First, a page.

So the keynote just ended. The iPhone 6 and 6 Plus were about as expected. Other than the obvious screen resolution and battery differences, it seems the only functional difference between the two is Optical Stabilization for photography in the 6 Plus. Apple Pay is a great solution for payments that Apple has already gotten many large retailers on board for, something it seems they are uniquely capable of doing. I don’t remember other companies getting that kind of traction from the stay with a new payment method. The real announcement of the event was, however, the Apple Watch.
Some things about the watch which are interesting:
- The Digital Crown is a great user interface coup for Apple. Being able to navigate through some features without ones fingers blocking the screen is important for such a small screen.
- There is some intelligence in the messaging app that allows it to suggest answers to texts which is really interesting if it works. i.e. if You receive a text asking ‘Do you want to get Sushi or Burgers for lunch?’ it should be able to suggest Sushi and Burgers as quick-response options.
- Apple is clearly leading in physical options for their watch. They offer two screen sizes (38mm and 42mm), three materials in two finishes each (Stainless Steel, Space Black Stainless Steel, Aluminum, Space Grey Aluminum, 18K Yellow Gold, and 18K Rose Gold), and numerous watch bands. Pebble’s Steel bracelet, or Samsung’s recent offering of a Swarovski crystal band for their Gear S smart watch, seem amateur in comparison.
- Apple did not offer a round screen. I didn’t really expect they would, as it is a very inefficient use of screen real estate, even if it does look good. There are plenty of traditional watches that are rectangular, not round.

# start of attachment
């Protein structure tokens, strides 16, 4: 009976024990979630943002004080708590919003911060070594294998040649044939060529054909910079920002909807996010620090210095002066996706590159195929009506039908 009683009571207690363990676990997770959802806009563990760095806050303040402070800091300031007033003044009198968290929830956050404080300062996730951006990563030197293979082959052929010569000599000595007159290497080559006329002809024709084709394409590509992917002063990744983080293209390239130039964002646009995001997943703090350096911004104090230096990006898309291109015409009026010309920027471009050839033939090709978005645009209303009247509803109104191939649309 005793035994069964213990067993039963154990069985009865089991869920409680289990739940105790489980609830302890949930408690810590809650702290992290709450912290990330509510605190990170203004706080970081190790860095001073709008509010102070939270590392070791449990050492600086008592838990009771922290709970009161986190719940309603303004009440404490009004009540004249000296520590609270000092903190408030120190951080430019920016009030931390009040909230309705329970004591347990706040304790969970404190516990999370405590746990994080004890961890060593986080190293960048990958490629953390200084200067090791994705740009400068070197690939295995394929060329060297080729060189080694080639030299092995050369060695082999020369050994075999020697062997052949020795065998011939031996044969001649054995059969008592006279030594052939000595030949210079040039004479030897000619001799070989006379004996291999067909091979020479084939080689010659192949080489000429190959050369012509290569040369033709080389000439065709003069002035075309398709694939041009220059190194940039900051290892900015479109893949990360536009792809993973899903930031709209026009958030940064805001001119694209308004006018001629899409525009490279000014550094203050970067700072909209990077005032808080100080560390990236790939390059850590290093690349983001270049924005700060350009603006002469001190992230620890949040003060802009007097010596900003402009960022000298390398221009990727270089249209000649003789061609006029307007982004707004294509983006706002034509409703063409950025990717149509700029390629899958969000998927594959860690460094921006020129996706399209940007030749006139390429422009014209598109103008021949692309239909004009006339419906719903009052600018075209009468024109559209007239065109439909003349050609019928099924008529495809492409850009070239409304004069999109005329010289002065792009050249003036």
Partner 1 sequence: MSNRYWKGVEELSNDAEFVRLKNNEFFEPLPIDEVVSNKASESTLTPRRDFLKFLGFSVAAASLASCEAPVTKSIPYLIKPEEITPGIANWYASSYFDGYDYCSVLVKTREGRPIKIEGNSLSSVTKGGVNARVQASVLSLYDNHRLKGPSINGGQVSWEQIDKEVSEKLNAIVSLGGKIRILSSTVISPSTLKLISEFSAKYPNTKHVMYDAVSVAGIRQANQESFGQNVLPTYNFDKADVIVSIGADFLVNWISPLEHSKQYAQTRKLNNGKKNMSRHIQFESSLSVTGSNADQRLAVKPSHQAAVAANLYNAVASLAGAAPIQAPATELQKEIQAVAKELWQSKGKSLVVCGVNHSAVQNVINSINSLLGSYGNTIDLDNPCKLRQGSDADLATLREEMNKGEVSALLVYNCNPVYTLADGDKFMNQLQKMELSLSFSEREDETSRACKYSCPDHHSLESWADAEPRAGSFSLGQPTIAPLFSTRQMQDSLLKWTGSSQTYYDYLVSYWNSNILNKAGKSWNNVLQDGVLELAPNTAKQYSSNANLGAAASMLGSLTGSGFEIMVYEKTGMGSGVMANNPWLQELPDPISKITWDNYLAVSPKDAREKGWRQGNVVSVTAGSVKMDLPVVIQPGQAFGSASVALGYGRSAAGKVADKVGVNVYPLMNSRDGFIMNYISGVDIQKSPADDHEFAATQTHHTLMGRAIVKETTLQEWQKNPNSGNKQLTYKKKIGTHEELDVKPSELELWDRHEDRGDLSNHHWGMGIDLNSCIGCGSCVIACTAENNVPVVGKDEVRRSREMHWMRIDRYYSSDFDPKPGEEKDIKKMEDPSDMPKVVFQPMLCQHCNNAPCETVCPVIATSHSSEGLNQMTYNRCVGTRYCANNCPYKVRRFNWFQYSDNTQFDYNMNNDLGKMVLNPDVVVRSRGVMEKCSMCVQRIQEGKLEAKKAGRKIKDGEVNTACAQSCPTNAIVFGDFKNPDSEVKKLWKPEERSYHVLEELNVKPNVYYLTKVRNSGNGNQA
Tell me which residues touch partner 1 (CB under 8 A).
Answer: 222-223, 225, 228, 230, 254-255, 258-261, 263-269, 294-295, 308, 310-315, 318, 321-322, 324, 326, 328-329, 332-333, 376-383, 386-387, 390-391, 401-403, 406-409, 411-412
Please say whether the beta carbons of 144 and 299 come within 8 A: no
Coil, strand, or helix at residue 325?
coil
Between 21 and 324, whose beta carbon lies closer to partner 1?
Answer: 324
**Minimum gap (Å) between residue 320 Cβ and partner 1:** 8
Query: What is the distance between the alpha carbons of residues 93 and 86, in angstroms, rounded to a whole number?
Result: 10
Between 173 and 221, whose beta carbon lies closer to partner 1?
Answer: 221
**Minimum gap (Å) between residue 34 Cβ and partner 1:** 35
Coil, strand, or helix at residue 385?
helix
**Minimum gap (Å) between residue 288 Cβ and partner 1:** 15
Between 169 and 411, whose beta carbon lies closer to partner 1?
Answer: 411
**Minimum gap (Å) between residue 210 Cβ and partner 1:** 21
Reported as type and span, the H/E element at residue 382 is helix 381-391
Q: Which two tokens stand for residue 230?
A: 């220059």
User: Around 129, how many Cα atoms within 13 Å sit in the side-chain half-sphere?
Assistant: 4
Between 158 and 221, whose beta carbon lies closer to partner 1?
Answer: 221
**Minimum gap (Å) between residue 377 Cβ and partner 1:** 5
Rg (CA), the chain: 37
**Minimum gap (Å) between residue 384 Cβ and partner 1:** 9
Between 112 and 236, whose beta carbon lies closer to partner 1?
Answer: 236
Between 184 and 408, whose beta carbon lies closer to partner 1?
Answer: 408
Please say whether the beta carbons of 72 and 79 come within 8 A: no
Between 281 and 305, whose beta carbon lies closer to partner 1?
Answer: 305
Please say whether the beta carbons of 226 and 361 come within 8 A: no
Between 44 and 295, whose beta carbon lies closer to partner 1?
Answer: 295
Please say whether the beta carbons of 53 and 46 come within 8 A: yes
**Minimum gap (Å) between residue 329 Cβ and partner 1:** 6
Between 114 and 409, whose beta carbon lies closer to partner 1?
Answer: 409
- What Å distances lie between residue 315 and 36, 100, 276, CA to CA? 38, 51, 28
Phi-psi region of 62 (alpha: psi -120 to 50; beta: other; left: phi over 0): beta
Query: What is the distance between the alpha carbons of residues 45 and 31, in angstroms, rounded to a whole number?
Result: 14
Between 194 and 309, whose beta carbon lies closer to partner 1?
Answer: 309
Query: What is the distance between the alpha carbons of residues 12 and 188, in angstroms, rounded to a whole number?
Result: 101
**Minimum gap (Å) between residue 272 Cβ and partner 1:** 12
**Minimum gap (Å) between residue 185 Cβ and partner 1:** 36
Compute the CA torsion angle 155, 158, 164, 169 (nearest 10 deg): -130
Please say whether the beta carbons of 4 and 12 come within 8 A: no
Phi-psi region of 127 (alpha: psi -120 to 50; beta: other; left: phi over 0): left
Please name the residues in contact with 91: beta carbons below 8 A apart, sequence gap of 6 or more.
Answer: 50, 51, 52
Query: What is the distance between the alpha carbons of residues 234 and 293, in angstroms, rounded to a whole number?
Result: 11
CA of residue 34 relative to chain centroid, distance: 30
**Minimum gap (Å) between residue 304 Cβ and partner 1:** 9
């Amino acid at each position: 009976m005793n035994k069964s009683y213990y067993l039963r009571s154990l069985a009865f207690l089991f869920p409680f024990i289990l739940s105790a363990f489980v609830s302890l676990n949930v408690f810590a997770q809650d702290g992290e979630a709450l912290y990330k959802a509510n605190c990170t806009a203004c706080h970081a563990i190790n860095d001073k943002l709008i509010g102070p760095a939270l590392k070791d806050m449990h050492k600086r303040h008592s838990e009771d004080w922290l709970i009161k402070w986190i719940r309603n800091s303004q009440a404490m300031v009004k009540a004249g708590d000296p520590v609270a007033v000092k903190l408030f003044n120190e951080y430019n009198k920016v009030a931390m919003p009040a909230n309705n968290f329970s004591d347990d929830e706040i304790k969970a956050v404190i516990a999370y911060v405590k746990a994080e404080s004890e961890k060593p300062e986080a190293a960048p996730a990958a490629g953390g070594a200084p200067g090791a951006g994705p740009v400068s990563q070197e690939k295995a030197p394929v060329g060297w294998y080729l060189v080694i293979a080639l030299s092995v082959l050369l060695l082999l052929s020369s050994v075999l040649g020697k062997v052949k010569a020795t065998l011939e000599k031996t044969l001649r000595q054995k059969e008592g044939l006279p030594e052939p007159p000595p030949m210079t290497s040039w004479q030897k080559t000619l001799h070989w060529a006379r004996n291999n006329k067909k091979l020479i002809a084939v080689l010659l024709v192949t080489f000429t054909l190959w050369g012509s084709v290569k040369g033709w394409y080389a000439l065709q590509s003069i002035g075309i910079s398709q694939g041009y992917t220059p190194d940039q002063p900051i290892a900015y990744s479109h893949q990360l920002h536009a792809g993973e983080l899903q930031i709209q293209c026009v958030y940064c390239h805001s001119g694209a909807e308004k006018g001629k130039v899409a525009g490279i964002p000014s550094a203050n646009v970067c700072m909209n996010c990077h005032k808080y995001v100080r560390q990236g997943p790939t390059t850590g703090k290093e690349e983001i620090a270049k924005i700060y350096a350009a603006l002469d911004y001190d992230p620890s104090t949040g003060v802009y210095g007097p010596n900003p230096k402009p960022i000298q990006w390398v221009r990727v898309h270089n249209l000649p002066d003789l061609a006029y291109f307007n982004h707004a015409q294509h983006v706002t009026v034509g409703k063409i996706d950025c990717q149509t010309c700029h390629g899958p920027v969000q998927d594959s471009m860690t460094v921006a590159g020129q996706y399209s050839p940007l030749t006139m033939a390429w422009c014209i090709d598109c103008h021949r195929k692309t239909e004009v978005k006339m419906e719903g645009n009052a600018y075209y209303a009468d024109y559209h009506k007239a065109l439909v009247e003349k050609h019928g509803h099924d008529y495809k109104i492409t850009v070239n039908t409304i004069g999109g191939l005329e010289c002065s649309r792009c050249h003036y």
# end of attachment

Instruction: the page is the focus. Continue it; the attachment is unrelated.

- The watch seems to have a fairly sophisticated heart rate sensor on the back on the watch, and very good integration with their Health app, and through that all HealthKit-connected apps.
- The reliance on other sensors in a connected iPhone, and the requirement to have an iPhone, are disappointing.
The presentation does leave some gaping holes it the description of the watch and its capabilities. Here are a few, in no particular order:
- Will the watch support connecting to Bluetooth devices such as headphones?
- How does the watch connect to the iPhone? WiFi? Bluetooth?
- The Maps app was heavily shown in the presentation, but does the watch need to get GPS from the iPhone?
- Unlike some competitors, the watch band connection is non-standard. Will Apple be allowing third-party manufacturers to make watch bands?
- Apple showed the watch being used to make a payment with Apple Pay at an NFC terminal. When paying with an iPhone the user needs to authenticate using TouchID. How does the user authenticate on the watch? HeartID? or is the watch nearby the phone, both which are registered with Apple, considered a form of authentication?
- How long is the battery life? If the watch needs to be charged with a magnetic dongle stuck to the back of the watch, how long does that take? I guess you’re not tracking your health, or sleep, while that is going on…
- Is the watch water-resistant? Enough to take it into the shower? To go swimming?
- Which sports can be tracked using the new Fitness app?
Overall, there are some very impressive things about the watch, and a few disappointing things. We don’t know everything yet, as the watch won’t be out for several months, but it seems a few downsides are clear:
- You will need an iPhone to use the watch. Presumably to use GPS features like maps, and also for Apple Pay.
- There are not many health sensors in the watch, or at least they were not discussed. Angel doesn’t need to close up shop before their launch.
- Charging the watch is going to be an issue. They haven’t said how long the battery lasts, but it seems if you want this to replace a fitness band that can track your sleep, it probably won’t be able to do that while it charges.
That doesn’t mean they won’t sell a gazillion of these things (or that I won’t be one of the people buying one), but it does mean that there are definitely niches available to other companies, and definitely room for other companies to innovate. Wearables that track fitness and sleep and whose batteries last a week have a place. Wearables with multiple sensors like Angel have a place. Certainly companies that can solve the charging problem will have a strong differentiator.
The game, it seems, is still afoot.